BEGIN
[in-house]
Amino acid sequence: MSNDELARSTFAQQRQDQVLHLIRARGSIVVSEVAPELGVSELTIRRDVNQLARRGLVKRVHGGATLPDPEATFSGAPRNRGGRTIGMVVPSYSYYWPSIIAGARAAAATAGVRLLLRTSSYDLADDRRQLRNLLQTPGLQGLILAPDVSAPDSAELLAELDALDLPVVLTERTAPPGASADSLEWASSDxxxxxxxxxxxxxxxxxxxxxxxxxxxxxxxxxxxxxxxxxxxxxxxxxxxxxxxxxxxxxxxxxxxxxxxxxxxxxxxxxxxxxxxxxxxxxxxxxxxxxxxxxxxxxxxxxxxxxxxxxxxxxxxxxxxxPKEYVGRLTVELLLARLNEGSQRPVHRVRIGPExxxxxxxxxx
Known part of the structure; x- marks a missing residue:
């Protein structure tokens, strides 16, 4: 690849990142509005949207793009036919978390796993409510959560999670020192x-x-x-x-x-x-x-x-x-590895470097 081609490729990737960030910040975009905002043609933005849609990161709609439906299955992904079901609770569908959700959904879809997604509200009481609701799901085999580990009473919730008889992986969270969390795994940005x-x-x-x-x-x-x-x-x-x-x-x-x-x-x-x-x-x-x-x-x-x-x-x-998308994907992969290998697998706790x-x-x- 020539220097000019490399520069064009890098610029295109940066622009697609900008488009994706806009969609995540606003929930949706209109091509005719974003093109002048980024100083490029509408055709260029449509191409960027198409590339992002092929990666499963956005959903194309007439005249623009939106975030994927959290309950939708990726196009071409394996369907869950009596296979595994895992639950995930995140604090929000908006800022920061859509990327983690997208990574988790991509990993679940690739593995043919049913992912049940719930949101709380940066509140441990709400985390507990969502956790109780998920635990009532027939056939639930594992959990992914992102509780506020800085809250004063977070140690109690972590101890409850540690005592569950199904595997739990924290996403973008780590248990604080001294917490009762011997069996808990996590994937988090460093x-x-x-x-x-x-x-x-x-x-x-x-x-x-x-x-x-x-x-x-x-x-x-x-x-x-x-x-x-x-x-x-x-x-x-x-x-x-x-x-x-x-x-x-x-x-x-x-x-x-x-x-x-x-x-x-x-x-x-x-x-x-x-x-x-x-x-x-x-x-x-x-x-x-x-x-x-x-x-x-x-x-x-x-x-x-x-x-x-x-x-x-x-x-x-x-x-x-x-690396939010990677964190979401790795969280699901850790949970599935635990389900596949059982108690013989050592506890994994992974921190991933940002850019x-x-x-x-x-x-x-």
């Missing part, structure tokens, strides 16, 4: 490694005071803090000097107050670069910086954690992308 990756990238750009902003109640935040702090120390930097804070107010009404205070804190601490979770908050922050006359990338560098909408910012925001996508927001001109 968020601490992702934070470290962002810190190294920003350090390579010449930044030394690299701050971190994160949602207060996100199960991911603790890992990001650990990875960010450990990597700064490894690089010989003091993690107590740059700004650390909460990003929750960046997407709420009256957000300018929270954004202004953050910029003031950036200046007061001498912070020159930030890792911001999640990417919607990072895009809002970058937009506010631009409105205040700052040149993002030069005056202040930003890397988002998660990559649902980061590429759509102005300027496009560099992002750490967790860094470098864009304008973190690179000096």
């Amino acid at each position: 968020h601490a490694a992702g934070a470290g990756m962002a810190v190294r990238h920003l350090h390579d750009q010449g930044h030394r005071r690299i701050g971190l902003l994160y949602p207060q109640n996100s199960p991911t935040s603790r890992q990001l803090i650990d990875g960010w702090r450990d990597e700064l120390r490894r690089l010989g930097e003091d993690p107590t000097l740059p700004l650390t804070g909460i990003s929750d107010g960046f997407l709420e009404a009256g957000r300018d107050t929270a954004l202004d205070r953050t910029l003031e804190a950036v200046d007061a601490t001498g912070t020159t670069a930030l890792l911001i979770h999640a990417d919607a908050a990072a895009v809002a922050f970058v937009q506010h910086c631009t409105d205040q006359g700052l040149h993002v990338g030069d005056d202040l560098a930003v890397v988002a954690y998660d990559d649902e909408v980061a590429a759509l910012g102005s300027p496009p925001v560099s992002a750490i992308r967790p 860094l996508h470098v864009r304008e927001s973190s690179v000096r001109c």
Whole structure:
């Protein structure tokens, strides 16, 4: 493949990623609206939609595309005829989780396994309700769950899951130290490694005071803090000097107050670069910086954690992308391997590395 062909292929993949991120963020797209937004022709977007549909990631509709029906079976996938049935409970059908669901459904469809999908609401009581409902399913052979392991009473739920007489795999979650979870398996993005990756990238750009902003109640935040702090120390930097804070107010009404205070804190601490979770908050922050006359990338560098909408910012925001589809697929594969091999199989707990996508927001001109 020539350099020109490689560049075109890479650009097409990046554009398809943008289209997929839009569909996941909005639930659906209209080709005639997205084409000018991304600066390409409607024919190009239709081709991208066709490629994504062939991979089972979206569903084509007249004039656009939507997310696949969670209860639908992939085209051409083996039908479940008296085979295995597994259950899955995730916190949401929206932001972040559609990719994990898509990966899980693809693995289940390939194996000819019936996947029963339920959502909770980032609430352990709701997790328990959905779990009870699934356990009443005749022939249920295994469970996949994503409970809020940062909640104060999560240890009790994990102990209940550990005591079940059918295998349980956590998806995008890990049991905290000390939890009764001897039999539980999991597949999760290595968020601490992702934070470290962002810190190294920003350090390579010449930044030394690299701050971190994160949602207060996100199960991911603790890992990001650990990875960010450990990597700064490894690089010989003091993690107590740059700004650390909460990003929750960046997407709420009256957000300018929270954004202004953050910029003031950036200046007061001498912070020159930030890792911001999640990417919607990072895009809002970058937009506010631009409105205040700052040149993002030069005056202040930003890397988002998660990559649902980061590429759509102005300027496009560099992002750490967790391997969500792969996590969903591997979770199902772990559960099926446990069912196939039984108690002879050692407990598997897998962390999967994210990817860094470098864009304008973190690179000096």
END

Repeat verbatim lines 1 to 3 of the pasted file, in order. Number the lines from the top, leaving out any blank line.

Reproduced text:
[in-house]
Amino acid sequence: MSNDELARSTFAQQRQDQVLHLIRARGSIVVSEVAPELGVSELTIRRDVNQLARRGLVKRVHGGATLPDPEATFSGAPRNRGGRTIGMVVPSYSYYWPSIIAGARAAAATAGVRLLLRTSSYDLADDRRQLRNLLQTPGLQGLILAPDVSAPDSAELLAELDALDLPVVLTERTAPPGASADSLEWASSDxxxxxxxxxxxxxxxxxxxxxxxxxxxxxxxxxxxxxxxxxxxxxxxxxxxxxxxxxxxxxxxxxxxxxxxxxxxxxxxxxxxxxxxxxxxxxxxxxxxxxxxxxxxxxxxxxxxxxxxxxxxxxxxxxxxxPKEYVGRLTVELLLARLNEGSQRPVHRVRIGPExxxxxxxxxx
Known part of the structure; x- marks a missing residue: